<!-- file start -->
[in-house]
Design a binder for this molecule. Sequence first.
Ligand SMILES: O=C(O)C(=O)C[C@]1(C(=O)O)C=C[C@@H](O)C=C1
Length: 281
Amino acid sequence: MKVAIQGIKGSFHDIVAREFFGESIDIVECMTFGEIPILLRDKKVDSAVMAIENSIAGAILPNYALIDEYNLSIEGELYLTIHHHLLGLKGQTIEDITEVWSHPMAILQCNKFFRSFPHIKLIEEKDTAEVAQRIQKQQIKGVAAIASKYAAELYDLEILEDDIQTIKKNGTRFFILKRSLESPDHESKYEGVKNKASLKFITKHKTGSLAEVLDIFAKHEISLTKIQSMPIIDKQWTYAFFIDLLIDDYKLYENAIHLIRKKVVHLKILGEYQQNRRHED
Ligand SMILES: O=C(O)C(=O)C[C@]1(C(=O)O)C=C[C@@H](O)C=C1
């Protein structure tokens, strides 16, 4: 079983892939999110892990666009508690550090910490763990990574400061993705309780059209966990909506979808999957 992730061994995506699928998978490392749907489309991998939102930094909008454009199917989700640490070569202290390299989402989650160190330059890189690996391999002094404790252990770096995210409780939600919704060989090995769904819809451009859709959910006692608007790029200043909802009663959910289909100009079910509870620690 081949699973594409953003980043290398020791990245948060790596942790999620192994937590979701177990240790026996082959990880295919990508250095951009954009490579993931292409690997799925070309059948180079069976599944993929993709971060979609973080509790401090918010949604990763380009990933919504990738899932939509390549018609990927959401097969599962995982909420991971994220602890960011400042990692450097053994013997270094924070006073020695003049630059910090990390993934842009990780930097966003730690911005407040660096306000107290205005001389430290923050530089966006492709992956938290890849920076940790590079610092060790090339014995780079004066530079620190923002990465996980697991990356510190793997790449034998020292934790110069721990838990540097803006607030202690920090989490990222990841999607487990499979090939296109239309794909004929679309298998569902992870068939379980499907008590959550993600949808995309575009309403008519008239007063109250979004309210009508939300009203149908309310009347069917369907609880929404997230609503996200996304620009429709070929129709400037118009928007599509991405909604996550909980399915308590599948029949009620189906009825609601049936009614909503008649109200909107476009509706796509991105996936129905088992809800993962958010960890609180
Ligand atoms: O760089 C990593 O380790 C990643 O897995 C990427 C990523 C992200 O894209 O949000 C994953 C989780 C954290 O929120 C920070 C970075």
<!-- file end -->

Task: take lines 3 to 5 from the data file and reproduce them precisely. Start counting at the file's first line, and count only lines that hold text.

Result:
Ligand SMILES: O=C(O)C(=O)C[C@]1(C(=O)O)C=C[C@@H](O)C=C1
Length: 281
Amino acid sequence: MKVAIQGIKGSFHDIVAREFFGESIDIVECMTFGEIPILLRDKKVDSAVMAIENSIAGAILPNYALIDEYNLSIEGELYLTIHHHLLGLKGQTIEDITEVWSHPMAILQCNKFFRSFPHIKLIEEKDTAEVAQRIQKQQIKGVAAIASKYAAELYDLEILEDDIQTIKKNGTRFFILKRSLESPDHESKYEGVKNKASLKFITKHKTGSLAEVLDIFAKHEISLTKIQSMPIIDKQWTYAFFIDLLIDDYKLYENAIHLIRKKVVHLKILGEYQQNRRHED